Smart Mouth by Emma Lee Jayne


Title: Smart Mouth
Author: Emma Lee Jayne, SmartyPants Romance
Series: Work For It #4
Rating Out of 5: 5 (I will read this again and again and again)
My Bookshelves: Contemporary, Contemporary romance
Pace: Fast
Format: eBook, Novel
Year: 2022


Growing up, I always wanted to have a twin – there is something that seems so fun about twin shenanigans. And now I get to read an incredibly fun story about a twin mistaken identity. Alright, that mistaken identity lasted for only a very small handful of chapters, because Tom eventually does correct Gwen’s assumption. But, still, it is a great way to start a story. Especially since this moment of mistaken identity is what finally lets Tom spend time with the girl he is somewhat unhealthily obsessed with… it gets healthier when they actually converse and communicate, but still.

I really loved Gwen in Heart Smart, she was a nice counterpoint to some of Max’s grumpiness. And I love how she ends up actually being quite a good friend to Holly. The fact that she got to go on to get her own novel was just beautiful. And glorious. And gave me all of the happy feelings. Having said that, she was honestly kind of a scaredy cat. Kind of painfully at moments if I’m being honest. But, after getting a well-deserved kick up the backside, she actually finds her bravery. The final scene where she takes charge and show her brave was painful even through the pages of a novel, but so damn good.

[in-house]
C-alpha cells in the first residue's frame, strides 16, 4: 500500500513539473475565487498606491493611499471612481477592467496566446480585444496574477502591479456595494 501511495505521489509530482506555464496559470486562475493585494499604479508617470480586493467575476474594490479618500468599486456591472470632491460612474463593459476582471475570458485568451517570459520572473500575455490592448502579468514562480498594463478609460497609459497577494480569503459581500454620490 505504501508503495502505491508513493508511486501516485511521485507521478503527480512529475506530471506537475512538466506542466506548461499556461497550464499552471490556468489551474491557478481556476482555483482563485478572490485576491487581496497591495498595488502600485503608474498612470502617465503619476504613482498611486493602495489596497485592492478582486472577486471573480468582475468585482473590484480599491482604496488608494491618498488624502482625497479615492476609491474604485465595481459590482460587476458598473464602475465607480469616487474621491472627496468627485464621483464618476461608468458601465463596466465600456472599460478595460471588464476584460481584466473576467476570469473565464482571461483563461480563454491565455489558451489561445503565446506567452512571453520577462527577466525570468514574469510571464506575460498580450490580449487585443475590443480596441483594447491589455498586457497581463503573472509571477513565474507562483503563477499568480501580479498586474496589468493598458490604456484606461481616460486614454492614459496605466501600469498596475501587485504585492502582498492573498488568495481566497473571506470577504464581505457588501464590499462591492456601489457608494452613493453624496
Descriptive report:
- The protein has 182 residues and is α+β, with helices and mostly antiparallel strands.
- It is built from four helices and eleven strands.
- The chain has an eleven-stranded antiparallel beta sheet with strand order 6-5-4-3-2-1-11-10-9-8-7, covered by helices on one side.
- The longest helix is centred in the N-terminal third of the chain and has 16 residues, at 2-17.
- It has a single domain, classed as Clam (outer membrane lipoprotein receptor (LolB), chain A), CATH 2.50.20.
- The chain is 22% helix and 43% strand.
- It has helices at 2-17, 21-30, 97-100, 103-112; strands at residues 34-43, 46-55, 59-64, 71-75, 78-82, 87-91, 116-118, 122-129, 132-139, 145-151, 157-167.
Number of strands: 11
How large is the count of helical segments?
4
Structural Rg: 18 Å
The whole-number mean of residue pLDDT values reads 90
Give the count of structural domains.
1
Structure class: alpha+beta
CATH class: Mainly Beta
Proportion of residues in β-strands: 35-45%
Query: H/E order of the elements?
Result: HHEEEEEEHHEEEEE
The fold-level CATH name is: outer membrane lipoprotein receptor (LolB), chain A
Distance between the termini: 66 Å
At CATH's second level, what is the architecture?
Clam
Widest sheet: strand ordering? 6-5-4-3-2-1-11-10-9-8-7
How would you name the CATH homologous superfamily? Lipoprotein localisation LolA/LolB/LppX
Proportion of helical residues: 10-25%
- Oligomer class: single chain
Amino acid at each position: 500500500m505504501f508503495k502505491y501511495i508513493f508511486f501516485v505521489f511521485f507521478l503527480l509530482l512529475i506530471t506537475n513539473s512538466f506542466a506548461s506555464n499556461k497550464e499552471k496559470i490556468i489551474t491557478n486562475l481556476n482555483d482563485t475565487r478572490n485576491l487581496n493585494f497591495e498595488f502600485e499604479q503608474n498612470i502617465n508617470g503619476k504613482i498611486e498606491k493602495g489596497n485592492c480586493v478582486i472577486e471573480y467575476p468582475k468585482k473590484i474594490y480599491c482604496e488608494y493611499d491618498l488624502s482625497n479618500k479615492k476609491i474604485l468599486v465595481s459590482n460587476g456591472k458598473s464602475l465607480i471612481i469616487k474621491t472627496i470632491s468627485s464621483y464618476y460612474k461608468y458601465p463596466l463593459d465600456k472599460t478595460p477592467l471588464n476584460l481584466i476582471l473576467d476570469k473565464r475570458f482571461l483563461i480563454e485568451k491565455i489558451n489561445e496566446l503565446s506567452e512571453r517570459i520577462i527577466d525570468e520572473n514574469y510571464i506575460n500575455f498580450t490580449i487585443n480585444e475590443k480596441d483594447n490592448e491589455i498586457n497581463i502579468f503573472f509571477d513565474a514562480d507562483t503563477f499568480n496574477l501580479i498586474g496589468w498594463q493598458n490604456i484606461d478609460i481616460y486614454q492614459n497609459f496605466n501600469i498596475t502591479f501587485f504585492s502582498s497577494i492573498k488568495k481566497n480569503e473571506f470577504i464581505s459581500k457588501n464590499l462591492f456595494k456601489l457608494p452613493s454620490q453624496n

I love how Max and Holly are able to make another appearance in this novel. They were such a wonderful couple, and seeing how they’re going later on in life was incredibly fun and brilliant. I also love how Max absolutely demolishes Gwen at one point and makes her actually stop and look at herself and reflect. Both Max and Holly are just a wonderful couple, and their brief cameo made me so incredibly happy. As did the mention of the 50’s list from Book Smart.

Tom might be a lovely and kind of puppy-adorable character, but his constant feelings of guilt do get to be a bit much throughout this story. I kind of get where they stem from, but honestly, if it wasn’t for his damn twin being such a knob, he’d realise that things that happen when you’re a kid aren’t really your fault. His infatuation is kind of sweet, and I do love how he starts to actually make moves towards fixing his relationships, rather than just feeling guilty for moments of the past that aren’t exactly his fault.

This was just a too damn cute story. Not only was it a fantastic getting to know you, removing misconceptions story, it was just all round cute. I love every dive I take into the SmartyPants Romance world, but there is something a little bit extra lovely about Emma Lee Jayne – probably because she features those who are neurotypical (ADHD).

<- Book SmartPlay Smart ->

Image source: Goodreads

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